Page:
She warned that some foreign students are turning up to study in the UK without being able to speak English properly, while their families are allowed to work here.

"We need to look at whether this one-size-fits-all approach really is right for the hundreds of different universities, providing thousands of different courses across the country", the Home Secretary said.

"I'm passionately committed to making sure our world-leading institutions can attract the brightest and the best.

"But a student immigration system that treats every student and university as equal only punishes those we should want to help."

A number of measures to make it easier for Britain to deport foreign criminals were also set out.

Foreign criminals who repeatedly commit so-called minor crimes will be able to be booted out for the first time, and banned from coming back to Britain for five to 10 years.

Ms Rudd also announced a new £140 million Controlling Migration Fund designed to ease the pressures on public services in areas of high migration and tackle illegal immigration.

She said: "The fund will build on work we have done to support local authorities - to stop giving housing benefit to people that have no right to be in the country, to reduce rough sleeping by illegal immigrants, and to crack down on the rogue landlords who house illegal migrants in the most appalling conditions."

Summing up her strategy, Ms Rudd said she will get immigration down to sustainable levels by reducing numbers from the EU in the long term, reforming student and work routes into Britain in the middle term, and kicking out foreign criminals.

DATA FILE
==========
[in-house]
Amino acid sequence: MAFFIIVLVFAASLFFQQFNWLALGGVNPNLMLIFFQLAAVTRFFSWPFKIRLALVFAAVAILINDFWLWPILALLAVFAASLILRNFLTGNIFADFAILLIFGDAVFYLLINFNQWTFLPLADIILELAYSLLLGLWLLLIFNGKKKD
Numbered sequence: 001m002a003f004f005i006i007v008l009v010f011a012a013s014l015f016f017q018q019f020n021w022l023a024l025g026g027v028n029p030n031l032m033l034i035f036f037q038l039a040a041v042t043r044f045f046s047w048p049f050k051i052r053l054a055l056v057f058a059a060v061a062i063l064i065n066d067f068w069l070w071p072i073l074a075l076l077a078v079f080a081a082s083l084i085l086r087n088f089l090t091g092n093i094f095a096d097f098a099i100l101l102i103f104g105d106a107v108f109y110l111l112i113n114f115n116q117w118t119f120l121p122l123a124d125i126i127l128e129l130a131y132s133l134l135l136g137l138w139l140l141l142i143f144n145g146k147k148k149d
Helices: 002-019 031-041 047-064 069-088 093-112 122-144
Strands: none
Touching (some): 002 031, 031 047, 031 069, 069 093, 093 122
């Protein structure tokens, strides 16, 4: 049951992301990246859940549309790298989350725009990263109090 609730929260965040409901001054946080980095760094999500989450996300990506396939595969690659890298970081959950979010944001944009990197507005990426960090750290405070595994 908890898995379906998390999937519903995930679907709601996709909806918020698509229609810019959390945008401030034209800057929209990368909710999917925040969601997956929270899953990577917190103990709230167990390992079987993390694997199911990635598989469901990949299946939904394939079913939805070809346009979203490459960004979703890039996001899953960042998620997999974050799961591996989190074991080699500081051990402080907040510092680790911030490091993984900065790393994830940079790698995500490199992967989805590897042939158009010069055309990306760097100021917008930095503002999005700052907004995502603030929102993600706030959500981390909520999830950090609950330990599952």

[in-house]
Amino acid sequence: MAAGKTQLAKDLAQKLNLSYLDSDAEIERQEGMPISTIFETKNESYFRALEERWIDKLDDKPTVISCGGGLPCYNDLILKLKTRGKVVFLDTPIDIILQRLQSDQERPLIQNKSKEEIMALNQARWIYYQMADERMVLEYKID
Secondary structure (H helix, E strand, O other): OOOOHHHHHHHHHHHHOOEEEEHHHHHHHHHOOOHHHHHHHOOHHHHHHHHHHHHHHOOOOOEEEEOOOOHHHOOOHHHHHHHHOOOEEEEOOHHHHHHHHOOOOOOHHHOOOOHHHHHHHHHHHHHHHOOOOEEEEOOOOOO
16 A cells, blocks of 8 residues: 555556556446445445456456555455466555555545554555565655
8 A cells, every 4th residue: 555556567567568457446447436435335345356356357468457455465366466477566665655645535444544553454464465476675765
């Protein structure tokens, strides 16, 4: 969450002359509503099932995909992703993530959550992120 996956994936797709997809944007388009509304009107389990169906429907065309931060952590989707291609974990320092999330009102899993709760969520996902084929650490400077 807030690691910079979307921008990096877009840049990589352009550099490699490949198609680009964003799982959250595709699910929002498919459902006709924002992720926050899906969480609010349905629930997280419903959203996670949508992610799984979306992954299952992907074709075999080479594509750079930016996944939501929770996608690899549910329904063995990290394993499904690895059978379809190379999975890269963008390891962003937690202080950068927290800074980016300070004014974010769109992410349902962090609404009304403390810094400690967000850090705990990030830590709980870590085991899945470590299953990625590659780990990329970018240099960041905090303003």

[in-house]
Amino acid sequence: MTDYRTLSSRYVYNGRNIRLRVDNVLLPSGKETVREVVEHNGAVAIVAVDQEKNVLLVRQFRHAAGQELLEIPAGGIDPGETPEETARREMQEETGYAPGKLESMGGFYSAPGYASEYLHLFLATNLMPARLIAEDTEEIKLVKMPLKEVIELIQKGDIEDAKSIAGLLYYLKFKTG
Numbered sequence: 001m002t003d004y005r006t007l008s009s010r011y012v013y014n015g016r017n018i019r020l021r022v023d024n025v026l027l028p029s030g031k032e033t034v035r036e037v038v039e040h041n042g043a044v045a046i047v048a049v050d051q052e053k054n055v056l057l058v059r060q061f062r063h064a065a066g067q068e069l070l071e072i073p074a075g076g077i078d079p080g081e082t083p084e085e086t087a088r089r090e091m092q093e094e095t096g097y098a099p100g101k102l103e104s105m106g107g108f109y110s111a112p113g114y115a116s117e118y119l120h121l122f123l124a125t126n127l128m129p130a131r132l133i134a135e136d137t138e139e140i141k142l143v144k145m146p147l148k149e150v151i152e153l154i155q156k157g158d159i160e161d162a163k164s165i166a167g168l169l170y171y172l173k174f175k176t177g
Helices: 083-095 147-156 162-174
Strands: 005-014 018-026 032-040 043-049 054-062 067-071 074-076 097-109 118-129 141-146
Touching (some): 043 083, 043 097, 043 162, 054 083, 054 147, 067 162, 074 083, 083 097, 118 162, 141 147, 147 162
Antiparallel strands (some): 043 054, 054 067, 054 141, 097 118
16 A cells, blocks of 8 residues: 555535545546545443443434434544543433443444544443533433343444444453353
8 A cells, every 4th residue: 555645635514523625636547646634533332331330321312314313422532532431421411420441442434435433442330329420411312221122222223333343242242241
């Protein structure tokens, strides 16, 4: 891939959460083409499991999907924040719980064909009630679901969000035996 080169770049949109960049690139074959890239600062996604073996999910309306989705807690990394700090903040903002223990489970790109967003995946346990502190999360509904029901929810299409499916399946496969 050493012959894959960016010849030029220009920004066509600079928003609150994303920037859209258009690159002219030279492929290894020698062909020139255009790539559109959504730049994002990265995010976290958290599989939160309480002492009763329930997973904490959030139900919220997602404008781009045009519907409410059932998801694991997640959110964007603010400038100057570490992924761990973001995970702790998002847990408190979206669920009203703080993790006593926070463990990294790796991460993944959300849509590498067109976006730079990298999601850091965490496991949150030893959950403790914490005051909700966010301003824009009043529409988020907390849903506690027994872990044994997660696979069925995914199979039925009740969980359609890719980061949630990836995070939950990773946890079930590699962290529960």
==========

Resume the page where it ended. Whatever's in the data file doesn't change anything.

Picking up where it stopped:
Labour shadow home secretary Andy Burnham MP criticised Ms Rudd for failing to do more to help reunite child refugees living in The Jungle camp in Calais with their families in Britain.

He said: "It sounded like the Prime Minister had a heavy hand in drafting the Home Secretary's speech. We've heard these conference promises on net migration and child migrants before and they haven't come to anything - people will take them with a pinch of salt. On Theresa May's watch, net migration reached record levels.

"Amber Rudd is right to introduce a scheme to help communities address the pressures of migration, as Jeremy Corbyn called for last week. But she had depressingly little to say about the largest humanitarian crisis since the Second World War and failed to repeat the commitment to taking a share of adult refugees.